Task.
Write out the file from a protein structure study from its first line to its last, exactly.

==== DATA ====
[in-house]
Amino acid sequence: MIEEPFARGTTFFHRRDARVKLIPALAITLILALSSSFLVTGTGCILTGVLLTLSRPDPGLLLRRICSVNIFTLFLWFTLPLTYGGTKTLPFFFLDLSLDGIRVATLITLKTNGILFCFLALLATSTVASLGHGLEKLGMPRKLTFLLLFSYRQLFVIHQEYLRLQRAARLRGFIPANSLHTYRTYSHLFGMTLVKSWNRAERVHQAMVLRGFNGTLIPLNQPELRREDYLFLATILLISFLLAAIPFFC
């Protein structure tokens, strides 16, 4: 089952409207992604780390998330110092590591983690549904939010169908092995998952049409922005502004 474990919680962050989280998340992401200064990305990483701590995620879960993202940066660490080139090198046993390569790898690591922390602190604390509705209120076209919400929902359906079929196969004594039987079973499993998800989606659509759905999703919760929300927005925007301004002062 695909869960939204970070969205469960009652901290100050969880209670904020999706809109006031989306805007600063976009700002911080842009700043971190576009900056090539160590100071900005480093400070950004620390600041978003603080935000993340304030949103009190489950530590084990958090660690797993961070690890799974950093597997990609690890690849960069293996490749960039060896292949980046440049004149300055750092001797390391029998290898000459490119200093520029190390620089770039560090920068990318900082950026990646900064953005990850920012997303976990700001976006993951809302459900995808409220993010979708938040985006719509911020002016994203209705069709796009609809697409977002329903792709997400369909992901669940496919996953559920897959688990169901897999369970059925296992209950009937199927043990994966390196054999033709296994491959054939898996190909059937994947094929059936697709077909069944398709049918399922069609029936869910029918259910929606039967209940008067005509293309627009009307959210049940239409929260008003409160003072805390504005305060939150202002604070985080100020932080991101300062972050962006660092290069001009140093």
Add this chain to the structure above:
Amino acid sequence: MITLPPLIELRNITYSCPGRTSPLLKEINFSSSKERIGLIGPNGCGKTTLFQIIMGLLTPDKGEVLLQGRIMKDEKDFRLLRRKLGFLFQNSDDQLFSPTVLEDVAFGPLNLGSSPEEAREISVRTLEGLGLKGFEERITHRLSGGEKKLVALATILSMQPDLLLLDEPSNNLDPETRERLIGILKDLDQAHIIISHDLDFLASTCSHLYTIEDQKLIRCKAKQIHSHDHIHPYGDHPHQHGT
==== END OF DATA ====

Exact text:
[in-house]
Amino acid sequence: MIEEPFARGTTFFHRRDARVKLIPALAITLILALSSSFLVTGTGCILTGVLLTLSRPDPGLLLRRICSVNIFTLFLWFTLPLTYGGTKTLPFFFLDLSLDGIRVATLITLKTNGILFCFLALLATSTVASLGHGLEKLGMPRKLTFLLLFSYRQLFVIHQEYLRLQRAARLRGFIPANSLHTYRTYSHLFGMTLVKSWNRAERVHQAMVLRGFNGTLIPLNQPELRREDYLFLATILLISFLLAAIPFFC
């Protein structure tokens, strides 16, 4: 089952409207992604780390998330110092590591983690549904939010169908092995998952049409922005502004 474990919680962050989280998340992401200064990305990483701590995620879960993202940066660490080139090198046993390569790898690591922390602190604390509705209120076209919400929902359906079929196969004594039987079973499993998800989606659509759905999703919760929300927005925007301004002062 695909869960939204970070969205469960009652901290100050969880209670904020999706809109006031989306805007600063976009700002911080842009700043971190576009900056090539160590100071900005480093400070950004620390600041978003603080935000993340304030949103009190489950530590084990958090660690797993961070690890799974950093597997990609690890690849960069293996490749960039060896292949980046440049004149300055750092001797390391029998290898000459490119200093520029190390620089770039560090920068990318900082950026990646900064953005990850920012997303976990700001976006993951809302459900995808409220993010979708938040985006719509911020002016994203209705069709796009609809697409977002329903792709997400369909992901669940496919996953559920897959688990169901897999369970059925296992209950009937199927043990994966390196054999033709296994491959054939898996190909059937994947094929059936697709077909069944398709049918399922069609029936869910029918259910929606039967209940008067005509293309627009009307959210049940239409929260008003409160003072805390504005305060939150202002604070985080100020932080991101300062972050962006660092290069001009140093």
Add this chain to the structure above:
Amino acid sequence: MITLPPLIELRNITYSCPGRTSPLLKEINFSSSKERIGLIGPNGCGKTTLFQIIMGLLTPDKGEVLLQGRIMKDEKDFRLLRRKLGFLFQNSDDQLFSPTVLEDVAFGPLNLGSSPEEAREISVRTLEGLGLKGFEERITHRLSGGEKKLVALATILSMQPDLLLLDEPSNNLDPETRERLIGILKDLDQAHIIISHDLDFLASTCSHLYTIEDQKLIRCKAKQIHSHDHIHPYGDHPHQHGT